The biggest new addition to this year’s entry is the Anniversary Mode, which you can experience either in the standalone mode or as single events in the Career. These races cover some of the most famous events and vehicles from the history of the sport to celebrate its 50th anniversary, including the Acropolis in Greece, the first WRC race. These races are special in their own right, since the game does a good job of making them feel like they’re historical events. They only unlock sequentially when you beat certain times, though, and the times are both very long and frustratingly strict. I had multiple races that had limits pushing 7 minutes that I missed by less than 10 seconds, and doing the entire race again is a little more stressful than it’s worth. That said, these races are enjoyable for what they are, but I wouldn’t go out of my way to prioritize this mode long-term over a Career.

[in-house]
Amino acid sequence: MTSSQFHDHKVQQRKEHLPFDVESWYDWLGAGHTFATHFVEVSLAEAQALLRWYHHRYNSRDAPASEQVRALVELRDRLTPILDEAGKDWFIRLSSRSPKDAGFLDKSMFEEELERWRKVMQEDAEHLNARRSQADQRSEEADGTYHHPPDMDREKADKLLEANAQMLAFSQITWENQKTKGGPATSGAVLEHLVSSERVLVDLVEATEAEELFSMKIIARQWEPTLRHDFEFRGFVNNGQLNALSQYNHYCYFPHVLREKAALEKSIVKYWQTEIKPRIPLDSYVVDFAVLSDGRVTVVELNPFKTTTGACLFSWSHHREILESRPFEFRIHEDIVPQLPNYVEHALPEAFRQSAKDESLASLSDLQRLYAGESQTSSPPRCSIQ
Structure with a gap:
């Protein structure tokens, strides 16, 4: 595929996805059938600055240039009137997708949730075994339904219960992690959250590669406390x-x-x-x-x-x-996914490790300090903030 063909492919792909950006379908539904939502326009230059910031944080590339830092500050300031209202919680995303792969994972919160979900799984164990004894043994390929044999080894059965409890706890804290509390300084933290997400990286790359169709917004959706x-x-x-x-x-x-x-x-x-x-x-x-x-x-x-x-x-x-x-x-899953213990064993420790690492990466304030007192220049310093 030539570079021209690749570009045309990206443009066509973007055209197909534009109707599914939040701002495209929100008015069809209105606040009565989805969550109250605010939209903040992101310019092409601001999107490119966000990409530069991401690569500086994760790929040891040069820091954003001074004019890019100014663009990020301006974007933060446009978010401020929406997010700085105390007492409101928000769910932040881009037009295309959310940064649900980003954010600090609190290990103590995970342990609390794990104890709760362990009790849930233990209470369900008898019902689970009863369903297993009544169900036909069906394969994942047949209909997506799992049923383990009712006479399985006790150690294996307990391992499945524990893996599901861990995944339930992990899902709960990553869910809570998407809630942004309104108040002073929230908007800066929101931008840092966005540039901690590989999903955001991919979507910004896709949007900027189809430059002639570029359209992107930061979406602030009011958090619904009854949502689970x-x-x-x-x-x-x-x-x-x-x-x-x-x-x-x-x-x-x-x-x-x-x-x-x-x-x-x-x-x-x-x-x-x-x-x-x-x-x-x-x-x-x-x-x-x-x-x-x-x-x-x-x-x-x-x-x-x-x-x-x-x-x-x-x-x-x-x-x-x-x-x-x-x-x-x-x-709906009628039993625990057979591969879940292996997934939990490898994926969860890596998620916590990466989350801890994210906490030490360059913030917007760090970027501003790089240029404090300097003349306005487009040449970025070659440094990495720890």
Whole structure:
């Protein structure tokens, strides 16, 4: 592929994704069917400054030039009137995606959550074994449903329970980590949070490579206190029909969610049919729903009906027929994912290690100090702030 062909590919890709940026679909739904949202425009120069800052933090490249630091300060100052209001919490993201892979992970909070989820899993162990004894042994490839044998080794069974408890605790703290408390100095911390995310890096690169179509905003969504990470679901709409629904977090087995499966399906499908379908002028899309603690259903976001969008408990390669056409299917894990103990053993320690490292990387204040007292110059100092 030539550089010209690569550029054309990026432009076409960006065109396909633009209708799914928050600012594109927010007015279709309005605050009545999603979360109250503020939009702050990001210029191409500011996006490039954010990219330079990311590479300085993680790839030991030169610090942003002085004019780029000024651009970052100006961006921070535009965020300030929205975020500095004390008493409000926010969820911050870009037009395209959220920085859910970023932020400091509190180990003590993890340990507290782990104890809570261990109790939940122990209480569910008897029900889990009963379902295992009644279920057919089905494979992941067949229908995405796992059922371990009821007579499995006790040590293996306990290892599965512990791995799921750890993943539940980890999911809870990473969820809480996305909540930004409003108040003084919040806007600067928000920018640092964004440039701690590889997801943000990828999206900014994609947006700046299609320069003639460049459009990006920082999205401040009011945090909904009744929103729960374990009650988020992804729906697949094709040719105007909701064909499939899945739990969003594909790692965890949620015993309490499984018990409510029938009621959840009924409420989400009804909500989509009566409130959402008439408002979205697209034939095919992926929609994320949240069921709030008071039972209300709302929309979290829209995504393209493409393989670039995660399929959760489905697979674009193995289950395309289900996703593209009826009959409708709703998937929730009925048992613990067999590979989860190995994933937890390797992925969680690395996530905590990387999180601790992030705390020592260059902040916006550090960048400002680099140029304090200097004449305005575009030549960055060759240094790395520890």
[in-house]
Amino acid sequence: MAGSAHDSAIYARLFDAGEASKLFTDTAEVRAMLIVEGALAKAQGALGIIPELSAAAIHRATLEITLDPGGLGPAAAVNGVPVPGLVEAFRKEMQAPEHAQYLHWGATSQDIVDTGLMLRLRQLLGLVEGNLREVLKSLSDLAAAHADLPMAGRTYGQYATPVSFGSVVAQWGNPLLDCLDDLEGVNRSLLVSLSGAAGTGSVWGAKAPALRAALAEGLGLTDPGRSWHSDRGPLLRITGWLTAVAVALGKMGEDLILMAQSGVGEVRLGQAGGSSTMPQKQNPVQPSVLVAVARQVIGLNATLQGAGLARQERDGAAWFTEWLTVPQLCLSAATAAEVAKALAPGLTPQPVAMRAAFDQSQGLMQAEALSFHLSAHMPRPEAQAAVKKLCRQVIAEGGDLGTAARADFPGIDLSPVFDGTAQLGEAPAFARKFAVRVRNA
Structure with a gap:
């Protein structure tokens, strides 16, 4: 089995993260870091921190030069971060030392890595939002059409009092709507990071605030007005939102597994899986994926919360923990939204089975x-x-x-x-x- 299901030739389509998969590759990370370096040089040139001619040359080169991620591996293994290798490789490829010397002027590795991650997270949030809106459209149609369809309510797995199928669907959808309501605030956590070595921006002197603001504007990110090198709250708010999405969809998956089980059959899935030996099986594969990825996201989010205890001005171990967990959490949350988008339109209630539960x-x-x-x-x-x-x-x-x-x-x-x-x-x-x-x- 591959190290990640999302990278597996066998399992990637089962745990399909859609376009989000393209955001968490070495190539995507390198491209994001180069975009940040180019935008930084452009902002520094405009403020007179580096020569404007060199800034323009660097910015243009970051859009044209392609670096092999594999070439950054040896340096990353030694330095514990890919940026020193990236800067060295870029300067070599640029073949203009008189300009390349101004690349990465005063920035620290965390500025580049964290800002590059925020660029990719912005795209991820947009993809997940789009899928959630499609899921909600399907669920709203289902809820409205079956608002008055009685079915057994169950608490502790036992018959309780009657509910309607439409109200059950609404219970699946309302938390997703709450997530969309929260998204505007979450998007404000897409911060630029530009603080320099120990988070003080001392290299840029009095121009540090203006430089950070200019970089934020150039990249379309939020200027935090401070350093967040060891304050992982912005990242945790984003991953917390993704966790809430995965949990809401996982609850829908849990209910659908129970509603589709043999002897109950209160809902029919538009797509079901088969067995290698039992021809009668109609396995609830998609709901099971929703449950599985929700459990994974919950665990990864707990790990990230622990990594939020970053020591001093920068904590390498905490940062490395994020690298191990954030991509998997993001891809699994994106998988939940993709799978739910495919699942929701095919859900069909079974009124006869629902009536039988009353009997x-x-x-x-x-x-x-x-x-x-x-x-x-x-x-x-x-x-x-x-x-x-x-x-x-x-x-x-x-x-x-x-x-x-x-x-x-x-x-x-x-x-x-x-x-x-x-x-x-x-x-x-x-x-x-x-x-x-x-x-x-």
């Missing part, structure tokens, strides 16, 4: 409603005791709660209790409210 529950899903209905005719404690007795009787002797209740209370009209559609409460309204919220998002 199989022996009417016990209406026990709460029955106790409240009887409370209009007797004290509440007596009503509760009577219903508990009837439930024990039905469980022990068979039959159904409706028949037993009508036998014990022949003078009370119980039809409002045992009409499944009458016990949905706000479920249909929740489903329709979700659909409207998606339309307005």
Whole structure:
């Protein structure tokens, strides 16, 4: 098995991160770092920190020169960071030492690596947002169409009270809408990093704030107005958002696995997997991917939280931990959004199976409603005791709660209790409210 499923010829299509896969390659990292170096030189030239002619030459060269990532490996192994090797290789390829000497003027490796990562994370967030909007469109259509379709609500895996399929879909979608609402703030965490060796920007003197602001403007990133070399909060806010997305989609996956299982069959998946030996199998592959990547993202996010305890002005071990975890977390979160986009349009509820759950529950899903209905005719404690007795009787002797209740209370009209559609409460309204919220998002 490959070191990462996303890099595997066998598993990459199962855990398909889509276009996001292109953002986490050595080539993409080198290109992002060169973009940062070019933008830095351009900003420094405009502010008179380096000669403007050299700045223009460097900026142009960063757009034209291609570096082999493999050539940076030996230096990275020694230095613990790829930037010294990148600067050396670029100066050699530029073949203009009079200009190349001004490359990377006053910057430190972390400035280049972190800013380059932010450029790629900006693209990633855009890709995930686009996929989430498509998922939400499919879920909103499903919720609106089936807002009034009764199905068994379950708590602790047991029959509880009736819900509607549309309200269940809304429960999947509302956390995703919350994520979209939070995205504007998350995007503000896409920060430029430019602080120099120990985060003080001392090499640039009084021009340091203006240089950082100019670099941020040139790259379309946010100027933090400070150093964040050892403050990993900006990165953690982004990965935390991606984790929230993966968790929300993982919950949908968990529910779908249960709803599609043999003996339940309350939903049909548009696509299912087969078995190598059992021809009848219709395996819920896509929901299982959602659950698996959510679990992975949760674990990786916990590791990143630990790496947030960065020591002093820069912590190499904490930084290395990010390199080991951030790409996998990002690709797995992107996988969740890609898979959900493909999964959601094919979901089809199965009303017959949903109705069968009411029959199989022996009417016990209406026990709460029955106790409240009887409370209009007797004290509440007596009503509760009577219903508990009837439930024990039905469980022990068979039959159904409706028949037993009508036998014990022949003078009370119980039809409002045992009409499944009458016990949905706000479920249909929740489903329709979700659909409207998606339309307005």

On the technical front, the game benefits strongly from next-generation consoles both in presentation and performance. Klyotonn clearly put a lot of effort into sound upgrades, as the sound is much more dynamic and precise than ever before. Cars look beautiful as well, especially when you see them up close in the livery, though the character models from the crowds leave a bit more to be desired. Load times are impressive, too, as long races load in just a matter of seconds and cause almost no framerate drops or visual glitches.

WRC 10

“On the technical front, the game benefits strongly from next-generation consoles both in presentation and performance.”

As compared to past versions of the WRC franchise, WRC 10 doesn’t add an incredible amount. Its Anniversary Mode is a great new place to see the history of the sport, and some of the tweaks are welcomed, but I don’t see it as a huge upgrade over last year. As it compares to other racing games, though, anyone looking for that feeling of rallying, especially requiring pinpoint precision and dynamic car changes, has another fantastic experience built for them, and anyone who hasn’t experienced the series before can jump into the best game in the series so far and find the best long-distance rally package on the market.

This game was reviewed on the Xbox Series X.